Bush exhorts teachers, parents

By RICHARD TOMKINS, White House Reporter  |  Jan. 9, 2002 at 4:30 PM
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WASHINGTON, Jan. 9 (UPI) -- President Bush challenged America's educators and parents Wednesday to turn a just-approved education program into a "new and hopeful era for American education," one in which every child develops skills to succeed.

The president, speaking in Washington, said more power and responsibility has been put into the hands of parents and local and state school officials for educating the nation's youth and in how federal funds are spent to do it.

But now, Bush said, they must do their part.

"This is an hour of promise for America's public schools. My signature is now on the law, but it was the work of many hands. Together we have overcome old arguments and outdated policies. And now, together, let us see these changes through until every school succeeds and no child is left behind.

"In return for this commitment, my administration and the American people expect results. We expect every child to learn basic skills. We expect failing schools to be turned around. We expect teachers and principals to do their jobs well, to have a firm grasp on their subject matter, and to welcome measurement and accountability," Bush said.

Parents must become more involved in the education of their children, he said.

"Parents need to pay attention to school performance. They should insist on results and, when necessary, they must be strong advocates for change. They should offer praise, when they can, and pressure when it's called for.

"If you're a parent, visit your child's school. Get to know the teachers and principals. Support the school, and demand excellence. And remember that every child should come to school ready to learn. Good manners and respect for teachers are learned at home. Good study habits are reinforced by mothers and fathers who are willing to switch off the TV set and turn off video games to make sure the homework gets done."

The No Child Left Behind Act, signed by Bush Tuesday, requires testing of students nationwide in grades 3-8 in math, reading, and, later, science. It increases government funding for education but also allows schools to best determine how much of the money is spent to improve student performance.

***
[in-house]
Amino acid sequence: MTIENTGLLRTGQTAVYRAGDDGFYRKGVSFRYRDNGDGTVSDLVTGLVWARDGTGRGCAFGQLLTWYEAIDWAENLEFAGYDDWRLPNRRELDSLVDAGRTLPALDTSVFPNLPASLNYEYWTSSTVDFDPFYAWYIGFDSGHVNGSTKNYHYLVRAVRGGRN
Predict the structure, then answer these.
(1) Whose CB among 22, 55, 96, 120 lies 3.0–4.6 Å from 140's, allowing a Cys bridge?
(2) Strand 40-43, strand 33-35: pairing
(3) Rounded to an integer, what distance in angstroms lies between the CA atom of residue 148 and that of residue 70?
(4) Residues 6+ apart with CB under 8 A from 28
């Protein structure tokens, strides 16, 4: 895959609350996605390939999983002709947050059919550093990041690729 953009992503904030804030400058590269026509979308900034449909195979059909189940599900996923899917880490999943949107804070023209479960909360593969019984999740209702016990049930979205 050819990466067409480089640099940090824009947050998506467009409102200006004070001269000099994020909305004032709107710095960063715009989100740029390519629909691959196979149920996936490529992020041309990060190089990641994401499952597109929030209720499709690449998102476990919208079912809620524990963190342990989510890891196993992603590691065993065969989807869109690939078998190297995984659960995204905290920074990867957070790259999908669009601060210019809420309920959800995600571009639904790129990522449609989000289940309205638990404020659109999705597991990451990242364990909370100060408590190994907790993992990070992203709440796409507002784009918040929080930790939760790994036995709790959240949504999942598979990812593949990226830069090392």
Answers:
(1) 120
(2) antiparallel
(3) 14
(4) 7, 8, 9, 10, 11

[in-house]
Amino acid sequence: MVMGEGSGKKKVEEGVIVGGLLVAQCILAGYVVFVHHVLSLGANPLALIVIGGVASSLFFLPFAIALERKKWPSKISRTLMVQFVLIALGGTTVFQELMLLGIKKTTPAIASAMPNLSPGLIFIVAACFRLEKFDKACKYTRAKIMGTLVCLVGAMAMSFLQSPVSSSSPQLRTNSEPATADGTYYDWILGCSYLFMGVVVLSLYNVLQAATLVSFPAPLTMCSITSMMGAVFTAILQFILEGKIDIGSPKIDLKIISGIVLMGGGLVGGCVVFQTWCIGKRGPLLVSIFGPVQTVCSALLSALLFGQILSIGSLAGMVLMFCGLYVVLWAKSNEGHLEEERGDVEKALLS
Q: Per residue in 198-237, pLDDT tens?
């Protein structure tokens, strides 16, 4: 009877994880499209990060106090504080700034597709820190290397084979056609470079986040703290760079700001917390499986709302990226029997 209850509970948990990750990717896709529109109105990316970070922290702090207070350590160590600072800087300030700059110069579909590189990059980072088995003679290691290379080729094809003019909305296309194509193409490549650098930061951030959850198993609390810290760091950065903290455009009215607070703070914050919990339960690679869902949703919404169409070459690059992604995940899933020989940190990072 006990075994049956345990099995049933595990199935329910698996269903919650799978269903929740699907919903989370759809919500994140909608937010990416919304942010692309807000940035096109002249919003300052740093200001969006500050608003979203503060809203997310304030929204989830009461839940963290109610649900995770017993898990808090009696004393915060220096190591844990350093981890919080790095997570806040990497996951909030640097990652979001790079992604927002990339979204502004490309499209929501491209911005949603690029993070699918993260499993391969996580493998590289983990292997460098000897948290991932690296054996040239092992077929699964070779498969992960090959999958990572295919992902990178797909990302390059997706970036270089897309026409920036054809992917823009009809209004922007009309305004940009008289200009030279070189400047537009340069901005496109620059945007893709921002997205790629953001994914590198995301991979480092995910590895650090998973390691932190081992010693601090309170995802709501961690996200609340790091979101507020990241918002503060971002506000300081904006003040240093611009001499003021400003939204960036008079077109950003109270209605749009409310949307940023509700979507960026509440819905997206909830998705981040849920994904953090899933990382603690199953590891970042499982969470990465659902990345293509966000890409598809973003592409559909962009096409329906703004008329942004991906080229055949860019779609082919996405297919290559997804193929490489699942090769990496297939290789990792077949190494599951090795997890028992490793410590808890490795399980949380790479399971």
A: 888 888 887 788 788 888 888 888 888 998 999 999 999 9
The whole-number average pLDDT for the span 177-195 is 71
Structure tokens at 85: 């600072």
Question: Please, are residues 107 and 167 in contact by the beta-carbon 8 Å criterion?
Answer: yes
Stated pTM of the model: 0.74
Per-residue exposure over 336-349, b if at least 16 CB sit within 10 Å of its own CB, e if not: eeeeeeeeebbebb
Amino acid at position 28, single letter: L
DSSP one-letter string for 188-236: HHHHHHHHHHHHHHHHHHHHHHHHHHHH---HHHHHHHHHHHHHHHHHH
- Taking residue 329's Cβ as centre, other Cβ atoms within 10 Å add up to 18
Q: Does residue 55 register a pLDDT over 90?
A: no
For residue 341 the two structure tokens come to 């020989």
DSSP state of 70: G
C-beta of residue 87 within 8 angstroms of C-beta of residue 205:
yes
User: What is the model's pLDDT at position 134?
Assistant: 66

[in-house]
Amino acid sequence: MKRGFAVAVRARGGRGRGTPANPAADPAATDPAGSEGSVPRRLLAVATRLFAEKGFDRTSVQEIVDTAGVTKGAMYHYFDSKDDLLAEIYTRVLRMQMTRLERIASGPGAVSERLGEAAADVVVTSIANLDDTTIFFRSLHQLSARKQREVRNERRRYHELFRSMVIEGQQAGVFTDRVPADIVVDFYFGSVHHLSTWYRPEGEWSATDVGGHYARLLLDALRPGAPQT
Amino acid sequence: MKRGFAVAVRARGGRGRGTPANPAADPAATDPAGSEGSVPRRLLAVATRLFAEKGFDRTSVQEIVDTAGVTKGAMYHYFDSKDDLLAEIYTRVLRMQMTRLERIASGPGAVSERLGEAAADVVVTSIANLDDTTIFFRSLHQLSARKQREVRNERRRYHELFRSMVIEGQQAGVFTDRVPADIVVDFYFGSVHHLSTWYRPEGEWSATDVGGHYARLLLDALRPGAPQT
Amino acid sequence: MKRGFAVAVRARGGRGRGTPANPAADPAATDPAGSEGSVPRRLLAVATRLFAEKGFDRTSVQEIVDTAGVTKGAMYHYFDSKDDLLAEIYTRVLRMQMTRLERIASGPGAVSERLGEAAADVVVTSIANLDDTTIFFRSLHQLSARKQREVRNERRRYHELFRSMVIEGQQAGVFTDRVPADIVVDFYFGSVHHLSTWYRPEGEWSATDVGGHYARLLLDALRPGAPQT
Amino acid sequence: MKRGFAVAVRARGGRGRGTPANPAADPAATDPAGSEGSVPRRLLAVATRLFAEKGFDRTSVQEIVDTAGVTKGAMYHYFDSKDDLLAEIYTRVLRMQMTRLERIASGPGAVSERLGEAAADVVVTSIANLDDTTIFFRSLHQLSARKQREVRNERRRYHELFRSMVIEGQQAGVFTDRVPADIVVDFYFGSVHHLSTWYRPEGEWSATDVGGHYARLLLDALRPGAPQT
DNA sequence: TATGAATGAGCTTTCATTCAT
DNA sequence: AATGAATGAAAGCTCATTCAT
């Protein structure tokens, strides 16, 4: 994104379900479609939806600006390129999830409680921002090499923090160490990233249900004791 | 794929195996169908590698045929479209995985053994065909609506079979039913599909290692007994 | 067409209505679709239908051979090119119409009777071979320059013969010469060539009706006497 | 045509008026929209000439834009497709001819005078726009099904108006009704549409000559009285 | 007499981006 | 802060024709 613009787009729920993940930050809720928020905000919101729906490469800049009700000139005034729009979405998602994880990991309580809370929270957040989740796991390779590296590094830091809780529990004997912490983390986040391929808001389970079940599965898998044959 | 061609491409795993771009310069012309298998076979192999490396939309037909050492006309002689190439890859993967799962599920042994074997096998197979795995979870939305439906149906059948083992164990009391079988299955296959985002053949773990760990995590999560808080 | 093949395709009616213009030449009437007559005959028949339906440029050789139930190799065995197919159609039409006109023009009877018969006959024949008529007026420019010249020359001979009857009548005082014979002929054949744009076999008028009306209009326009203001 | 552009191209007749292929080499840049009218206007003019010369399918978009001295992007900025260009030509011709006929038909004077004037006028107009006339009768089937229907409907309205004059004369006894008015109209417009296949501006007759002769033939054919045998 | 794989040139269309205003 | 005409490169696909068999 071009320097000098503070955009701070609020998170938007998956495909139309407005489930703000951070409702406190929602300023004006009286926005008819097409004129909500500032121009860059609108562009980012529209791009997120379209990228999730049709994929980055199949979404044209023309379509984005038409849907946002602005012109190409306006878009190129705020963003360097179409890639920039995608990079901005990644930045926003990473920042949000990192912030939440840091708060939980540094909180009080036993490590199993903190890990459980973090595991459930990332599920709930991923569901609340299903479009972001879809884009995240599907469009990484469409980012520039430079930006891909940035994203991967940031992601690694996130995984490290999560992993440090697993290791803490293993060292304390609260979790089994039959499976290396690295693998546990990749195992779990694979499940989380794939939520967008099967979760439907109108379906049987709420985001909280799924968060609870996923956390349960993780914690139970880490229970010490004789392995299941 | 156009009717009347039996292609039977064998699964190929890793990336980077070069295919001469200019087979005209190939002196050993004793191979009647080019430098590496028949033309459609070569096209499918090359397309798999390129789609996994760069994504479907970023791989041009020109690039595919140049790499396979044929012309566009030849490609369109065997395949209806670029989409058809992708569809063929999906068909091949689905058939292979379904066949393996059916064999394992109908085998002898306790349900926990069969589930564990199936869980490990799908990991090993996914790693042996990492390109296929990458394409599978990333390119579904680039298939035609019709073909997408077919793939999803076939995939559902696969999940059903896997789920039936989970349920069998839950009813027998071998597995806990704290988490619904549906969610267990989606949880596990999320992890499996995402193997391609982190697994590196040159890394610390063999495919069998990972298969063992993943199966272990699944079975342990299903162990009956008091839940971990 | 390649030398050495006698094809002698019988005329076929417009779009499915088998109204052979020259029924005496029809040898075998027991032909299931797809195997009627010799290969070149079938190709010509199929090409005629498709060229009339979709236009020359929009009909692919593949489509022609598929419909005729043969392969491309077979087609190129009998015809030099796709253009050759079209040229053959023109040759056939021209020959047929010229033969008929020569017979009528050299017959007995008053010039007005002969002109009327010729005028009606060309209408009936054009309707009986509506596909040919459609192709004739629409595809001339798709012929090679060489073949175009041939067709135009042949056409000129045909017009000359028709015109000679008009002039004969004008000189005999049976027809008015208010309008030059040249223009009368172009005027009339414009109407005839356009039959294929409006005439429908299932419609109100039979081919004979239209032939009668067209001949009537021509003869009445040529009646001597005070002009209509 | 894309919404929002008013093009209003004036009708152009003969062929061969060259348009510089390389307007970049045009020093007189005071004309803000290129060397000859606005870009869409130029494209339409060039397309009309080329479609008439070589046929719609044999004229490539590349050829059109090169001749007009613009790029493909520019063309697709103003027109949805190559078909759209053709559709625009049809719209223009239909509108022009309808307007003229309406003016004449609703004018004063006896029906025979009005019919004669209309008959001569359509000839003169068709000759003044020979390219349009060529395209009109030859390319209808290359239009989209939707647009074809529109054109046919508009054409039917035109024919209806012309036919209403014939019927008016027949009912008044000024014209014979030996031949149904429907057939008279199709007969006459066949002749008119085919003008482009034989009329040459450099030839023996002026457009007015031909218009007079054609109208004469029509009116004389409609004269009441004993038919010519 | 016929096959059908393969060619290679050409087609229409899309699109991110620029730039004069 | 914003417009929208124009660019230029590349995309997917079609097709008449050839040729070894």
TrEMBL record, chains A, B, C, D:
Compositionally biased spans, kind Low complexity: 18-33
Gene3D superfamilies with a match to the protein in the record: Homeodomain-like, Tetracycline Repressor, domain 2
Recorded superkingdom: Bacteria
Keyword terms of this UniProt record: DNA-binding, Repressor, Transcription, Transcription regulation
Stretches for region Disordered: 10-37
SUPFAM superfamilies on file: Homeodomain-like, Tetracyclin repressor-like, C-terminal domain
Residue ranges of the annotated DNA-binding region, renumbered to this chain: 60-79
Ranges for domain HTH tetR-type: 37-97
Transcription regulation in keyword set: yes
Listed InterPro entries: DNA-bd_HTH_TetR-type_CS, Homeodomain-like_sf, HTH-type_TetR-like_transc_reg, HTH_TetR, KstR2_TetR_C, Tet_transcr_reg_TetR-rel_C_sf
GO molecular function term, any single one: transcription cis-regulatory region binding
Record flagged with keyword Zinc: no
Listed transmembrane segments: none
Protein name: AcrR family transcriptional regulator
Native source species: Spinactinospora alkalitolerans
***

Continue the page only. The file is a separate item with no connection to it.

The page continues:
Results of testing will be available to parents and can be compared with other local schools and schools elsewhere in the state. Schools that fail to improve student test scores will at first be eligible for extra help, but continued failure could result in restaffing. Children in failing schools, meanwhile, would be able to use tutors or transfer to another institution.

Bush, speaking before educators, elementary school children and government officials in the Constitution Hall of the Daughters of the American Revolution, said the law allows for $22 billion in education funding this year -- a 125 percent increase. In addition, Title I funds for economically disadvantaged children will increase, as well as funding for teacher education.

The government also plans to spend about $400 million to help states design and administer the student achievement tests.

"Do not settle for mediocrity," Bush told teachers in the audience. "Accept no excuses. Set high goals. And raise them again. And keep raising the standards. That is the task of leadership, and we trust you to take it on."

Bush's speech was like preaching to the converted.

"I think it (the education law) is excellent," said Peggy Miller, personnel director and math/science curriculum director of the Morgan County School System in West Virginia. "We're going to give tests ahead of time to measure where students are (in their skills). Teaching is one of the few professions in which you usually start the first day without knowing what you have.

"Also, it gives us more flexibility in how to spend the money, without the government telling us," Miller said.

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